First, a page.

It's Time to Reclaim Recess!

Bringing unstructured outdoor play back to our schools.
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photos courtesy Earth Day Canada

My 10-year-old cousin has a circle of school friends who spend their entire recess planning online gaming pursuits. They play against one another each evening and then talk about it the next day, often bringing their gadgets to school. He would rather spend time playing virtually than playing physically, outside, at his local park.

I worry that my cousin may already be suffering from nature-deficit disorder—a term coined by Richard Louv in his book Last Child in the Woods.

His parents are like many others in that they try to get their kids outside on weekends, but from Monday to Friday, they simply rely on the routine of the school day (which includes outdoor recess and lunch) to ensure their children get fresh air and exercise. Unfortunately, a recent report released by ParticipACTION indicates more than 90% of children in Canada ages 5 - 17 are getting less than 60 minutes of heart-pumping activity each day. Obesity rates among children and youth in Canada have nearly tripled in the last 30 years.

Outdoor classrooms

Thanks to the environmental movement, we’re seeing more and more outdoor classrooms at our schools. These are often cited as a way to get students outside, interacting with nature. But there is immense variation in what an outdoor classroom constitutes. Some will have butterfly gardens, composting units, meditation paths, and an abundance of nature-based elements. In other cases, “outdoor classroom” may involve nothing more than a teacher allowing her students to take their academic work out on the football field on a warm spring day.

While any form of “outdoor classroom” is a good thing—in that it gets kids outside and, generally speaking, tends to boost performance and focus—the problem is that, in most cases, the structure of it is still, well, a classroom: There is one-way instruction from teacher to student, there is set curriculum to be followed, the usual academic obligations and restrictions. Very rarely does an outdoor classroom allow for self-directed play and discovery.

There are a handful of preschools that offer full-day outdoor classrooms and promote free, unstructured playtime; however, it’s rare to see this on offer for kids in Grades 1 and higher.

kids playing outside at recess with found objects

We need a Recess Renaissance

Regardless of whether a school has an outdoor classroom (in any sense of the term), it can always take a huge step in the right direction by simply allowing more time for recess, and less intervention or micromanagement from school staff in terms of how that time is spent. It’s important to bring back this free time for students and make it actually free again, as it’s often the only chance children have to enjoy unstructured play.

The American Academy of Pediatrics insists that recess is necessary for a child’s development. Quality recess time offers cognitive, social, emotional, and physical benefits—and, for these reasons, no child should be deprived of recess for punitive or academic reasons.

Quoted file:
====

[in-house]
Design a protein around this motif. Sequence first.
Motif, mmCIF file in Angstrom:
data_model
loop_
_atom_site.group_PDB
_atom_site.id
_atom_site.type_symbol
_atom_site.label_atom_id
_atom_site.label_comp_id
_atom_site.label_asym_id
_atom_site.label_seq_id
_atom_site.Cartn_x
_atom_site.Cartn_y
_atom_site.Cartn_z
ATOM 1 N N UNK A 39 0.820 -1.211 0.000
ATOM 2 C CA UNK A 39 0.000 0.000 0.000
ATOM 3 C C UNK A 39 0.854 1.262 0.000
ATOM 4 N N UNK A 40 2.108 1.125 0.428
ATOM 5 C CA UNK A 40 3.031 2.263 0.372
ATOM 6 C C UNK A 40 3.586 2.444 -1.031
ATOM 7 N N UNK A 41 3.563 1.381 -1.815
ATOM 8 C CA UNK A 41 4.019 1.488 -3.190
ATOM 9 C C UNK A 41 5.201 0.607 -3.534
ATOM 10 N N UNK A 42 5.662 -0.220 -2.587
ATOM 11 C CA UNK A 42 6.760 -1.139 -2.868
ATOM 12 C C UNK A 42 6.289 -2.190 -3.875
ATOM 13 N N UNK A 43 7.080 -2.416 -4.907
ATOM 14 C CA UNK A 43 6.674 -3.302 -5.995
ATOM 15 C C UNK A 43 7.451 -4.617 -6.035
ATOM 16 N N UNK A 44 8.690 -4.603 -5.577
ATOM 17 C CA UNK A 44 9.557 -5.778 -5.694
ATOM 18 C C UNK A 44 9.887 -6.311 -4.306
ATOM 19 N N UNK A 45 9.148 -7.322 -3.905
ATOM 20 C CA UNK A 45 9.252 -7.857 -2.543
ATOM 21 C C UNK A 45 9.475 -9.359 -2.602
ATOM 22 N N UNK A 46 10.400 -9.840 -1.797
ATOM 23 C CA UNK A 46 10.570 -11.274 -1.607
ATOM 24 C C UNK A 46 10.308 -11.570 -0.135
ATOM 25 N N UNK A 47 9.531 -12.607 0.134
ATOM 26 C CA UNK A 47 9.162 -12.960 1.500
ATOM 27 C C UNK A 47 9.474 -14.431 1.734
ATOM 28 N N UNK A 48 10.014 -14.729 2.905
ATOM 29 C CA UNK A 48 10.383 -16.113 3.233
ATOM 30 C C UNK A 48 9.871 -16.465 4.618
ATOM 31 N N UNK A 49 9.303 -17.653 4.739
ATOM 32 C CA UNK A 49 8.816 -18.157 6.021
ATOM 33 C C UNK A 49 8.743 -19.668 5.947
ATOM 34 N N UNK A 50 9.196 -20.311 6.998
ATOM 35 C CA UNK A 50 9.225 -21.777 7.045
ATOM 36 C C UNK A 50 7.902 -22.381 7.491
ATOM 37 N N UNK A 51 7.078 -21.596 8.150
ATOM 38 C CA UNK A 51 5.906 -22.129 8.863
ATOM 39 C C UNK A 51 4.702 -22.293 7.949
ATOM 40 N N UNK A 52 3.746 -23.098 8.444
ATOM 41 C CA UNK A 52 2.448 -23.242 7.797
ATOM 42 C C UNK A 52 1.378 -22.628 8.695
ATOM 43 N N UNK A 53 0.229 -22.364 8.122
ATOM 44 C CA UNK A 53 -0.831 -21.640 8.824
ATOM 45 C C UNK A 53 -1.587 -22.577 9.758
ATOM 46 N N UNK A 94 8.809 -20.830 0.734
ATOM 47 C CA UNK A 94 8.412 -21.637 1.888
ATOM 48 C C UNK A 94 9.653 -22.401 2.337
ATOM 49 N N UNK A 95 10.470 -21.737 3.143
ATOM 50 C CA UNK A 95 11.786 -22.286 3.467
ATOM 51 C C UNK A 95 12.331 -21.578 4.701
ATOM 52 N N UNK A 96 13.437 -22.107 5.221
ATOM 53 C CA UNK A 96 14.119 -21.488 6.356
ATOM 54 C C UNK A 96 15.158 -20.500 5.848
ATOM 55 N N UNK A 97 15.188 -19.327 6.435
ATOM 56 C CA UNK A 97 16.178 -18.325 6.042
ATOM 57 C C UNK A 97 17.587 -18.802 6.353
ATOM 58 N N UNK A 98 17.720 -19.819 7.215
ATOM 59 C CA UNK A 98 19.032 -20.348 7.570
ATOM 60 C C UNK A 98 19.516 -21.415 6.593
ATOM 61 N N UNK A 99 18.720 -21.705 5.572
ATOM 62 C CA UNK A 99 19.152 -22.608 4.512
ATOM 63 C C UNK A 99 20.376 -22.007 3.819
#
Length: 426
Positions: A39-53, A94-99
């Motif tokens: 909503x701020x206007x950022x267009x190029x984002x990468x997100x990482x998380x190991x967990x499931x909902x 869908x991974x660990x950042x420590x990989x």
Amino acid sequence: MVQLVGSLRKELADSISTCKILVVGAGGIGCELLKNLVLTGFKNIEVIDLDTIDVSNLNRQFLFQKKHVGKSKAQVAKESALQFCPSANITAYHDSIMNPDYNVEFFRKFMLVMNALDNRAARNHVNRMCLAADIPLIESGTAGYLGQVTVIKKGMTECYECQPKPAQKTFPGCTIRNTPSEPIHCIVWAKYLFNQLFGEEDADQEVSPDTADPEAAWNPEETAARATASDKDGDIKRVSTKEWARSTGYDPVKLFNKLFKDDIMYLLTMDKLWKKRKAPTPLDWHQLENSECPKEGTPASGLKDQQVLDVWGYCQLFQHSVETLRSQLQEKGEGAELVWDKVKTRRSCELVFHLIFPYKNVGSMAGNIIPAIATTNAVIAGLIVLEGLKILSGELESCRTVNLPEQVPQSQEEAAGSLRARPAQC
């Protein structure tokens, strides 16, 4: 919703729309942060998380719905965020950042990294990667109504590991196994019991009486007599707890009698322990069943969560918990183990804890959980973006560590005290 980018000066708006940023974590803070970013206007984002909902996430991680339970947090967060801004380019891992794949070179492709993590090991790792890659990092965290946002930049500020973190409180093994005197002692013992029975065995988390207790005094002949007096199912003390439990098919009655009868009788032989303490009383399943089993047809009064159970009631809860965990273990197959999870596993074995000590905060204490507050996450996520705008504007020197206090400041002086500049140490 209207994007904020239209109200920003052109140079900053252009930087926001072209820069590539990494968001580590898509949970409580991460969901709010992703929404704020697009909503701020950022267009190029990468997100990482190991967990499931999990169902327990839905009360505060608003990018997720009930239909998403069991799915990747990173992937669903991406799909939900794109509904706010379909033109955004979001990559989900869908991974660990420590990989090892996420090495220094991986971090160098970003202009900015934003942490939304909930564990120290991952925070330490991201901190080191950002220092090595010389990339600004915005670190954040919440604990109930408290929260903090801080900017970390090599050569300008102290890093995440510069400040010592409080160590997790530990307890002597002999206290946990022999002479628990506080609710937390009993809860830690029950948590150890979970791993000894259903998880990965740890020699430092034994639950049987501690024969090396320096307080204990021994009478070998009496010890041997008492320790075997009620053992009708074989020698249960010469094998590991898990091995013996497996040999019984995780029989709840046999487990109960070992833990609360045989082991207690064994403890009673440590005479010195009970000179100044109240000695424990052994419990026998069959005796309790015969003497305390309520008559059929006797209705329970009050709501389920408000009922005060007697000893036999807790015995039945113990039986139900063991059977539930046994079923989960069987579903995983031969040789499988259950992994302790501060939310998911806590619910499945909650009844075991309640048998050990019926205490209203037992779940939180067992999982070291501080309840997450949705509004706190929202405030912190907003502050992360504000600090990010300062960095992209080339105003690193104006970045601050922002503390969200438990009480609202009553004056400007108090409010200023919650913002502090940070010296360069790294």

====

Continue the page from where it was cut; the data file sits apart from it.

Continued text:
Turning schoolyards into playscapes

Look at most school playgrounds and you’ll see swings, slides, and monkey bars. These fixed playground structures are often low to the ground (i.e. low risk and even lower potential for exciting or stimulating play) and take up maybe 5 to 10% of the total schoolyard, with the remainder being asphalt. There may be a grass field, usually reserved for competitive sports.

During my childhood, I was never interested in games like soccer, football, or basketball. My favourite school play memories are of rolling down a hill and getting dizzy, or of collecting pinecones for my mother, who would put them on display next to her plants. Kids like this today are often left out at recess—you see them hovering around the edges of their schoolyard, sitting on a fence with friends, or picking at stuff on the ground. The play area has become boring to them, they aren’t going to fight for a soccer ball, and there isn’t much else to do.

Where I work, at Earth Day Canada, we have a pilot program that is targeting these kids in particular—it’s called Outdoor Play and Learning (OPAL). First developed and introduced to schools in the UK, it’s been rolled out in six schools here in Toronto with great success. Every single child at every single school is engaged during recess in self-directed play with loose parts (tools, cardboard boxes and tubes, spare tires, rope, water, hay, logs, etc.), moving their bodies, developing their sense of agency and creating a more inclusive environment. They create their own obstacle courses, forts and even cooking stations. I asked one child if the cardboard structure he’d just created was his house and he replied, “Yes, and I’m moving in permanently!”

How to Get More Outdoor Play into Your School

1. Learn more about the benefits of outdoor, unstructured play with loose parts. Download our handout for parents, which includes advice for how to support better outdoor play at school.

2. Watch this video, which features testimonials from a principal and teacher at one of our OPAL pilot schools, speaking about how the program has changed their students’ behaviour.

3. Request a meeting with your school’s parent council or principal to discuss the research and current play opportunities at your school.

4. Start small, think big! Many issues can affect the richness of your child’s play at school—policies that prevent play in certain weather conditions, restrictions on what kids can play with and where they can play, etc. Choose one area to focus on first (ie. adding shovels and buckets to an existing sand pit) and let the momentum build from there.

*Originally published May 8, 2017